Jan 4, 2022

Whether selling socks or fried crickets, third-world entrepreneurs can look to American travelers for help


A few of our Kiva borrowers

Shortly before leaving on a trip to Eastern Europe in 2007, my husband and I did something that would baffle any traveler who’s been approached at a train station in Rome or Paris by women in flowing skirts, cradling babies in their arms and begging for coins.

We loaned money to Gypsies through non-profit start-up called KIVA which was experimenting with taking micro- financing - the making of small loans to entrepreneurs in poor or developing countries - to a new level by using a social networking platform to connect borrowers and lenders in far-away places.

Our new business partners were Diana Beleva, 26, a traveling sock saleswoman; and her brother Todor Belev and his wife, Silvia, who made a living selling firewood in the Balkan mountain town of Sliven, Bulgaria. Our loans of $25 each were "crowdfunded" along with others to produce a pool of money large enough to help Diana buy more socks, and Todor and Silvia to  buy a chain saw to cut more firewood.

After traveling to Sliven an arranging through a Peace Corp volunteer to meet up up with our Bulgarian friends in-person, we continued to make loans through KIVA to people in other countries. Fast-forward to 2022. Our "portfolio" shows how our original two $25 Bulgarian loans, plus four others made over the years  (a total of $150) were paid back and rolled over to fund 63 loans in 16 countries worth a total of $1,575.

Neither Kiva nor lenders like us collect any interest (administration costs are funded by donations). Borrowers pay interest to Kiva’s partners — non-profit micro-financing field partners around the world — who identify entrepreneurs in need. A payment schedule is set up, and once the loan is repaid, the lender can decide to collect the money or use the funds to make another loan.  KIVA estimates its default rate is around 4 percent on the $1.6 billion in loans it has helped fund in 77 countries.

Pictures of borrowers along with descriptions of their businesses appear on Kiva's website. I love looking back on some of the people, and recalling their stories, especially during Covid when memories stand in as a substitute for travel.

Diana Beleva at home in Sliven, Bulgaria 

In their T-shirts and ball caps, our Bulgarian friends looked no different from most Europeans. But they were Roma, an Eastern European ethnic minority commonly known as "Gypsies."  Many settled in towns like Sliven, the sock-manufacturing empire of the Soviet bloc until the communist government fell in 1989 and most of the factories closed.They wanted to work, send their children to school and build a future, but no bank would loan them money at anything close to a reasonable rate. With interest rates between 30 and 40 percent, the alternatives for most Roma were loan sharks charging100 percent or more.

Diana became one of 35 business owners in Slevin — bakers, barbers, musicians and others — to benefit from Kiva loans. Thirty-two lenders in all, including an Oregon author and a Seattle bus driver, chipped in various amounts to help Diana raise $1,000, money she paid back over the next 12-18 months at 10 percent interest to a micro-credit organization funded by Hungarian-American businessman George Soros. She used the money to buy more socks, replace her hand-lettered cardboard sign and buy an awning to replace the plastic tarp she used at outdoor markets when it rained.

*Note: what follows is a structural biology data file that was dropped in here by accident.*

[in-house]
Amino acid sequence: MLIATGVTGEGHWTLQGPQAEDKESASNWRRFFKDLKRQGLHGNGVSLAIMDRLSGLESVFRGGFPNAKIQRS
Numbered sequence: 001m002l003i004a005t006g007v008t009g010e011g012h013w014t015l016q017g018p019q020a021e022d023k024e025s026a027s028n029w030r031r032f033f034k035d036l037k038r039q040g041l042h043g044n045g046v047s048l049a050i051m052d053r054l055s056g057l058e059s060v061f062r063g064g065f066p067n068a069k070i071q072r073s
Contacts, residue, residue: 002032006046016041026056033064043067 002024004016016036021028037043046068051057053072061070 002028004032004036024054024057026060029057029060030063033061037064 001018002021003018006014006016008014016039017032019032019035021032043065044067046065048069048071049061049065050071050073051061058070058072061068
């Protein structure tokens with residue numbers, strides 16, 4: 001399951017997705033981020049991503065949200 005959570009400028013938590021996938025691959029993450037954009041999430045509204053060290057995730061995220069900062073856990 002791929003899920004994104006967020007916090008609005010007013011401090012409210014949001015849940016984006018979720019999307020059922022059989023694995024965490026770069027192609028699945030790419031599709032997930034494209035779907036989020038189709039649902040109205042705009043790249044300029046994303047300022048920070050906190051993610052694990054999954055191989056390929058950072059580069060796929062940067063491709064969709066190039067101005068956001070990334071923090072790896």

“Here in Bulgaria, you could not find anyone to help you out like this,” she told me when we met.

I don't know what became of Diana or the couple who made a business selling firewood, but their stories were enough to encourage me to continue making loans through KIVA.

I first focused on entrepreneurs in Cambodia where, after taking a "Reality Tour" with the San Francisco-based non-profit Global Exchange,  we felt a bond with people in struggling rural villages.

One of my favorites is a $25 loan to a widow in Siem Reap named Chhit who has a business cooking and selling fried crickets at the local market. Chhit fell behind on her payments during Covid, but is catching up and has now paid back half of her $750 loan. 

I try to look for ways to make loans in other countries where we plan travel. Before visiting Peru in 2018, I found the Los Amigos (Friends) group on KIVA. One of the members, Filipa, 51, was seeking a loan to buy seeds and fertilizers to grow corn and potatoes on a farm in Cusco. She raised $1,850 from 58 lenders and has since paid back the entire amount.

With economic problems fueling immigration from Central America into the U.S., I  shifted my focus to making loans to entrepreneurs in Guatemala, Honduras and Nicaragua. Many are women who have decided to stay and make it in their own countries. They deserve our support.

Take the Liderezas Group, headed by Clara, 34, who studied 6 years in elementary school. She runs two convenience stores and bakery in Guatemala, and requested a second KIVA loan to buy sugar, flour, pasta, beans, rice and eggs.

She and six other women in the group attend monthly meetings where they gather to make their loan payments and participate in educational training focused on raising their self- esteem.

They recently paid off a $3,300 loan funded by 99 lenders. No wonder they look proud. 


  1. I love it, when like Paul Harvey used to say, I get the rest of the story! I remember your loans and this is such a wonderful report. Thanks for this one, Carol.